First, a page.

Doctor's Theses (authored and supervised):
"Zur Konvergenz und Quasioptimalität adaptiver Randelementmethoden";
Supervisor, Reviewer: D. Praetorius, J. Melenk, S. Sauter;
Institute for Analysis and Scientific Computing,
oral examination: 2012-10-29.
The purpose of this work is to develop a convergence theory for
adaptive Galerkin methods for boundary integral equations. For
adaptive Finite Element Methods, such a theory was developed in the
last 15 years. However, the ideas cannot be used directly in boundary
element methods, as the underlying operators and norms are non-local
in their nature.
Chapter 3 deals with meshes and spaces of piecewise polynomials,
which are used for the Galerkin discretization of the underlying
problems. The existing results on the optimality of the mesh-closure
in case of local mesh-refinement are extended. Hence the conditions,
under which adaptive Finite Element Methods are guaranteed to
converge, are relaxed. Furthermore, (local) approximation properties
in Sobolev space of non-integer order are shown for various
quasi-interpolation operators. In the following, the boundary
integral equations arising from the Laplace equation are used as model
problems. The underlying boundary integral operators are introduced
in chapter 3, and novel inverse inequalities involving these
non-local operators are shown. To that end, results of elliptic
regularity theory are exploited.
Chapter 5 is concerned with the convergence and quasi-optimality of
adaptive Galerkin methods for equations involving the simple layer
potential. We use two different approaches for a-posteriori error
estimation. First, we consider h−h/2-based error estimators, where
solutions to uniformly refined meshes are used to estimate the error.
Second, we deal with weighted residual error estimators, which use
the equations´ residual to estimate the error. In case of the
Dirichlet problem, we additionally approximate the given boundary
data by discrete functions. To that end, we use certain
quasi-interpolation operators, which were analyzed in chapter 3. We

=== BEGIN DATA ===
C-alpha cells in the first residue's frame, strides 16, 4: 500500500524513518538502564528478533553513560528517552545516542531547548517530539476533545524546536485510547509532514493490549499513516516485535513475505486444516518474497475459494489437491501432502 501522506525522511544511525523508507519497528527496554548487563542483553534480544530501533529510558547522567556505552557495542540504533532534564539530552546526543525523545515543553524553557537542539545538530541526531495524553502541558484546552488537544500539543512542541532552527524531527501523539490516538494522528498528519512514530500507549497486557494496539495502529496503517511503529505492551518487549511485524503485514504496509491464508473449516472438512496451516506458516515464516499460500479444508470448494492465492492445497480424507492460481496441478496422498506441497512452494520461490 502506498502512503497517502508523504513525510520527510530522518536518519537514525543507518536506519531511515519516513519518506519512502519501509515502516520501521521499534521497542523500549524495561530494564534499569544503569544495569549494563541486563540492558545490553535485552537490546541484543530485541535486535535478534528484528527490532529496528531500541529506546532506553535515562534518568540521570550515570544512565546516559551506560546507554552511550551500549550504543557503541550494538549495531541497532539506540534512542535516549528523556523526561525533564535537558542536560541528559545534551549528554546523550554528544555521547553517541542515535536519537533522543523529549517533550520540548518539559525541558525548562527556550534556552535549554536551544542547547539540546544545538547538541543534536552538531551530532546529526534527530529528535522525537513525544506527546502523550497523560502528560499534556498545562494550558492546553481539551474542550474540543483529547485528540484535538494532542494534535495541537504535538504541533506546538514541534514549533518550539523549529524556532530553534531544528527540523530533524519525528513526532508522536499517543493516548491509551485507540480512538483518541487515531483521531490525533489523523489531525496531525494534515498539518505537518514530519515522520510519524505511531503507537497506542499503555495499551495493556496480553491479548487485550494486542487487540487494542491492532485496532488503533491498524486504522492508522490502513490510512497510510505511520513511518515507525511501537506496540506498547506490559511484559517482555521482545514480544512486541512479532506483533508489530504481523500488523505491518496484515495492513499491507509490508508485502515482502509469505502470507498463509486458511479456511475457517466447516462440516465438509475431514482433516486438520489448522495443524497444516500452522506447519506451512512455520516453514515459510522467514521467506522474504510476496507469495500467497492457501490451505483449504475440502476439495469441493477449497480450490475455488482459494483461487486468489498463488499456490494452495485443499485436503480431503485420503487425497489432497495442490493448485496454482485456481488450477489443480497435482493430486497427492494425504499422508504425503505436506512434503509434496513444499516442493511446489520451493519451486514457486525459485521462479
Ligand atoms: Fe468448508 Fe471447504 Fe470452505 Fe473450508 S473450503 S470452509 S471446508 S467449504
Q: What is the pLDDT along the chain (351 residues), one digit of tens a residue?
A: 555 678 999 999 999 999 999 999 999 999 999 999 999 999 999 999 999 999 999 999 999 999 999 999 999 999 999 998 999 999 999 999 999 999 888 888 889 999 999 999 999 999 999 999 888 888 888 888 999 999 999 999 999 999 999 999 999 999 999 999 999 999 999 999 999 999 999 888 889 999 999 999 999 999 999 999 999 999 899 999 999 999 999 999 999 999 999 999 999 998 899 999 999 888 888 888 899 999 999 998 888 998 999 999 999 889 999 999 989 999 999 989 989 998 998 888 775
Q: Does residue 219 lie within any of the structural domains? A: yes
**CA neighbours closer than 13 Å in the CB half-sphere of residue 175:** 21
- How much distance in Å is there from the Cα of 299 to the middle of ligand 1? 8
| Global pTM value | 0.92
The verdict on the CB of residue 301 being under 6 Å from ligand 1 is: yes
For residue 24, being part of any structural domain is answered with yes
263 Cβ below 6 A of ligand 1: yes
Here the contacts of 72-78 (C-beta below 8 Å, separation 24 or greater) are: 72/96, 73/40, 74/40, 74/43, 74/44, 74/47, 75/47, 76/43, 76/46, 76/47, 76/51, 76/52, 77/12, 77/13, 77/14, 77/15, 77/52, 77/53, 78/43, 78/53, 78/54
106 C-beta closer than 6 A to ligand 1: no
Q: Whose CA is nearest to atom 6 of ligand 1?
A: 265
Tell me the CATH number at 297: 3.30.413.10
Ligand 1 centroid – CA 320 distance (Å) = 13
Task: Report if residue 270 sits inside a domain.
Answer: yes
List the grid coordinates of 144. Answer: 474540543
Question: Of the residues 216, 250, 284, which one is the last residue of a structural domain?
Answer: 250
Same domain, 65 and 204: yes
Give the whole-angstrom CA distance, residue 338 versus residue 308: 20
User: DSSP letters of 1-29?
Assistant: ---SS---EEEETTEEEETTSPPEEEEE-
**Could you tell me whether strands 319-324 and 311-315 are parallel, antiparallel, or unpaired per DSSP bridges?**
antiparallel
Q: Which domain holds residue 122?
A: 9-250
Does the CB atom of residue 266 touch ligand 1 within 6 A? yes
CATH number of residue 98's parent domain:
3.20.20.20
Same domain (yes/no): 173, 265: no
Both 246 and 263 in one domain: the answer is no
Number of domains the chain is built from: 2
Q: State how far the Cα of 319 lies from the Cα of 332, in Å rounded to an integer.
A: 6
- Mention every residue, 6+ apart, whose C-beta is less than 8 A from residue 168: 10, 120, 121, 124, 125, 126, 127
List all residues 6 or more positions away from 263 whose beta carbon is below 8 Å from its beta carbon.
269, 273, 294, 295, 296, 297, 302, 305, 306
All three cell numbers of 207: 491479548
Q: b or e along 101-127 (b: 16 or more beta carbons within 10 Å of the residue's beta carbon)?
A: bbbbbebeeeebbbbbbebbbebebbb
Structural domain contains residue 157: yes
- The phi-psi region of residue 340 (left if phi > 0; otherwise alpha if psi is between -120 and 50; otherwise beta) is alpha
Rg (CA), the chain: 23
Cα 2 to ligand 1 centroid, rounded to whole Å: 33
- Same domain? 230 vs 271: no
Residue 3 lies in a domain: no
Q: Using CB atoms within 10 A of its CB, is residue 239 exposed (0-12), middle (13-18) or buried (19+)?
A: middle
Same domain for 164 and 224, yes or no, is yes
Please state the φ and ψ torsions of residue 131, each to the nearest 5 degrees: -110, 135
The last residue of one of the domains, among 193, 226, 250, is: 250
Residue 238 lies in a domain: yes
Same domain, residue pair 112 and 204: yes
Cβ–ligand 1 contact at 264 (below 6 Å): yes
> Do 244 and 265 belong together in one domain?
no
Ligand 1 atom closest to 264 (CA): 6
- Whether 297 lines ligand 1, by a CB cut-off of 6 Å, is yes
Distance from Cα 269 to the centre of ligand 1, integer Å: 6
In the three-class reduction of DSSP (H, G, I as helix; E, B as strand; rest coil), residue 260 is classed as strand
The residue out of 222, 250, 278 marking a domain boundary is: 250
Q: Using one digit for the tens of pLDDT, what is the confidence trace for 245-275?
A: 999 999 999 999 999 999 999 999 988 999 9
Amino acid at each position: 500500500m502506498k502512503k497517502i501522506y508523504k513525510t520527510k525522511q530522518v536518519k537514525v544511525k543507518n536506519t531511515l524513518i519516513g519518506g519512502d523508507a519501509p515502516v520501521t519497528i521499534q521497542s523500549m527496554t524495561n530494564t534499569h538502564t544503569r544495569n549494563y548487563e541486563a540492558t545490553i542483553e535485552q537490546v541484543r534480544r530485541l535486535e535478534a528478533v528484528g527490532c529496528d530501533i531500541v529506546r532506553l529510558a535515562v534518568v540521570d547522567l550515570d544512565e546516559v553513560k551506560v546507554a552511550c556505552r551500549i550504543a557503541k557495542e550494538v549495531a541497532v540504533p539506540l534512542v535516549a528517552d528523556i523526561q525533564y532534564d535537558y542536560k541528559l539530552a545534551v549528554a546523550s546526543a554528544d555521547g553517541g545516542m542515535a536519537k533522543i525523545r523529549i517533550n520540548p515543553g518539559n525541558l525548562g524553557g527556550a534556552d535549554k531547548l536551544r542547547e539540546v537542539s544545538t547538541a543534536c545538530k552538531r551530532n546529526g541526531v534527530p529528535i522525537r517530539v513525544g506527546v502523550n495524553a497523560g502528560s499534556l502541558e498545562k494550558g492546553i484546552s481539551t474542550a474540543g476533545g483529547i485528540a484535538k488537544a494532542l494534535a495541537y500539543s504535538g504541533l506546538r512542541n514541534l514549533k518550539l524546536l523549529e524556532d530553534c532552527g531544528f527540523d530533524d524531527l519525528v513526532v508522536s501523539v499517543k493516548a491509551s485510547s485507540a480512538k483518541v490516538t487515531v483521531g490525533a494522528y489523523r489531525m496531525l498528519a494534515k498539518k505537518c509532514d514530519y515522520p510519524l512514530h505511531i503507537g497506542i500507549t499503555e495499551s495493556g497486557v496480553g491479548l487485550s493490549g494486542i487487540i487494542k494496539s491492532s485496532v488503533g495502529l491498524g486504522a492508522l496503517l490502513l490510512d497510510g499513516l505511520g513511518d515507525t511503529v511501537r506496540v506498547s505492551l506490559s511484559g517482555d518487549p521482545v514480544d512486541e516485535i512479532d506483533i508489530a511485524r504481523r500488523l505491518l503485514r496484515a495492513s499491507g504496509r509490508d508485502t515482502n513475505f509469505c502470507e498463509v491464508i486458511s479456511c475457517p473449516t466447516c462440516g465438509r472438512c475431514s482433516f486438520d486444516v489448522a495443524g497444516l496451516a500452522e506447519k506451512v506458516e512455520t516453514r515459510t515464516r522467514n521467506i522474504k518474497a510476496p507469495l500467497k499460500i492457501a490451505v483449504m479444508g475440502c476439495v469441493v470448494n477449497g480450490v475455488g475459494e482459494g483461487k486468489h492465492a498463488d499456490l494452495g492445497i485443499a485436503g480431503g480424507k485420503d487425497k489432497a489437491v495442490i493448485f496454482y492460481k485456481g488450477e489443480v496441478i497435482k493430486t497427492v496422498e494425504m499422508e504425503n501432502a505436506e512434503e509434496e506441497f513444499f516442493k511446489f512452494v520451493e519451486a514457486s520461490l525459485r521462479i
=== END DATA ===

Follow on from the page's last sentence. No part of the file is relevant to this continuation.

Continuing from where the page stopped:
prove convergence of adaptive algorithms steered by either
h−h/2-based error estimators or weighted residual error estimators.
To that end, we use the concept of estimator reduction: to show
convergence of the estimator, it suffices to show that it is a
contraction up to a zero sequence. In case of the weighted residual
estimator, we will employ the inverse inequalities for boundary
integral operators. Furthermore, we prove the quasi-optimality of
adaptive algorithms steered by weighted residual error estimators. By
that, we mean the following: assume that there is an arbitrary
sequence of meshes, starting from a fixed coarse mesh, such that the
error estimator converges with a certain rate. Under this assumption,
we show that the proposed adaptive algorithm exhibits the same rate
for the underlying error estimator. To prove these kind of
statements, we use tools from the convergence theory for adaptive
Finite Element Methods, which we transfer to the case of non-local
operators and norms.
In chapter 6, we show the convergence and quasi-optimality of
adaptive algorithms for equations involving the hypersingular
integral operator. We use the same approaches as in chapter 5.
Chapter 7 contains several numerical experiments for equations with
the weakly singular integral operator. We consider Symm´s integral
equation and the Dirichlet problem for the Laplace equation. The
experiments support the developed analytical results and show the
efficiency of the adaptive algorithms.
Electronic version of the publication:
Created from the Publication Database of the Vienna University of Technology.